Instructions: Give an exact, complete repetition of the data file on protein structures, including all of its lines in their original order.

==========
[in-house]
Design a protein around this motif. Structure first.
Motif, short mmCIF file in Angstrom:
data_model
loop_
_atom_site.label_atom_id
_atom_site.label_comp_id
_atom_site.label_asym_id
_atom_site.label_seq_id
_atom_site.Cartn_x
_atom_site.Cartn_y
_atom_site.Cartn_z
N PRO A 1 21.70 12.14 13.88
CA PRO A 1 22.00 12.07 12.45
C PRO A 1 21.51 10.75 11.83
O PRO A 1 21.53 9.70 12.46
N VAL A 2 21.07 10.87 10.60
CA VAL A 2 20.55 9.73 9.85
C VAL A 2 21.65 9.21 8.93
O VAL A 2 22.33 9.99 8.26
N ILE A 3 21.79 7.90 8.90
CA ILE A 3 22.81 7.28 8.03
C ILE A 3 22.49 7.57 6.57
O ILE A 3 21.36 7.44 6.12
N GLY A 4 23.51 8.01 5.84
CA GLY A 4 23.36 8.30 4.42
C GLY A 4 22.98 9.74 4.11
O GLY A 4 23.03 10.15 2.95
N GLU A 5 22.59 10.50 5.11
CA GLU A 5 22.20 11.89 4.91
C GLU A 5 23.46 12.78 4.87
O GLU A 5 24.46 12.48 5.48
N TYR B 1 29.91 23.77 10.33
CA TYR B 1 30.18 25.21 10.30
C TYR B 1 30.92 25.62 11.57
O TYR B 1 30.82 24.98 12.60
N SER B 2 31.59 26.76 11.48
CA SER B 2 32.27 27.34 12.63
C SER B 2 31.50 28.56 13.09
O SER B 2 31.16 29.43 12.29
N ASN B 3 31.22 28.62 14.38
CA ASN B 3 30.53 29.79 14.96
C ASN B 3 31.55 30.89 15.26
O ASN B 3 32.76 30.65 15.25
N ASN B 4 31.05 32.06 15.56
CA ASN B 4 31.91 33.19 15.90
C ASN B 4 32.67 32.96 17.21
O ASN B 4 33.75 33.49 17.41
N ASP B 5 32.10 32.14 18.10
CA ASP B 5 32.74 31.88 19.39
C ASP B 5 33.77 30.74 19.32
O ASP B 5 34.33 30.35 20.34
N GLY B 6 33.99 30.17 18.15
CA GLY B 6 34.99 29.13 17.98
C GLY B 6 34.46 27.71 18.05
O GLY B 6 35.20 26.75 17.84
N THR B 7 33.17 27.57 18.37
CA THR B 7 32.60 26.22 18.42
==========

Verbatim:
[in-house]
Design a protein around this motif. Structure first.
Motif, short mmCIF file in Angstrom:
data_model
loop_
_atom_site.label_atom_id
_atom_site.label_comp_id
_atom_site.label_asym_id
_atom_site.label_seq_id
_atom_site.Cartn_x
_atom_site.Cartn_y
_atom_site.Cartn_z
N PRO A 1 21.70 12.14 13.88
CA PRO A 1 22.00 12.07 12.45
C PRO A 1 21.51 10.75 11.83
O PRO A 1 21.53 9.70 12.46
N VAL A 2 21.07 10.87 10.60
CA VAL A 2 20.55 9.73 9.85
C VAL A 2 21.65 9.21 8.93
O VAL A 2 22.33 9.99 8.26
N ILE A 3 21.79 7.90 8.90
CA ILE A 3 22.81 7.28 8.03
C ILE A 3 22.49 7.57 6.57
O ILE A 3 21.36 7.44 6.12
N GLY A 4 23.51 8.01 5.84
CA GLY A 4 23.36 8.30 4.42
C GLY A 4 22.98 9.74 4.11
O GLY A 4 23.03 10.15 2.95
N GLU A 5 22.59 10.50 5.11
CA GLU A 5 22.20 11.89 4.91
C GLU A 5 23.46 12.78 4.87
O GLU A 5 24.46 12.48 5.48
N TYR B 1 29.91 23.77 10.33
CA TYR B 1 30.18 25.21 10.30
C TYR B 1 30.92 25.62 11.57
O TYR B 1 30.82 24.98 12.60
N SER B 2 31.59 26.76 11.48
CA SER B 2 32.27 27.34 12.63
C SER B 2 31.50 28.56 13.09
O SER B 2 31.16 29.43 12.29
N ASN B 3 31.22 28.62 14.38
CA ASN B 3 30.53 29.79 14.96
C ASN B 3 31.55 30.89 15.26
O ASN B 3 32.76 30.65 15.25
N ASN B 4 31.05 32.06 15.56
CA ASN B 4 31.91 33.19 15.90
C ASN B 4 32.67 32.96 17.21
O ASN B 4 33.75 33.49 17.41
N ASP B 5 32.10 32.14 18.10
CA ASP B 5 32.74 31.88 19.39
C ASP B 5 33.77 30.74 19.32
O ASP B 5 34.33 30.35 20.34
N GLY B 6 33.99 30.17 18.15
CA GLY B 6 34.99 29.13 17.98
C GLY B 6 34.46 27.71 18.05
O GLY B 6 35.20 26.75 17.84
N THR B 7 33.17 27.57 18.37
CA THR B 7 32.60 26.22 18.42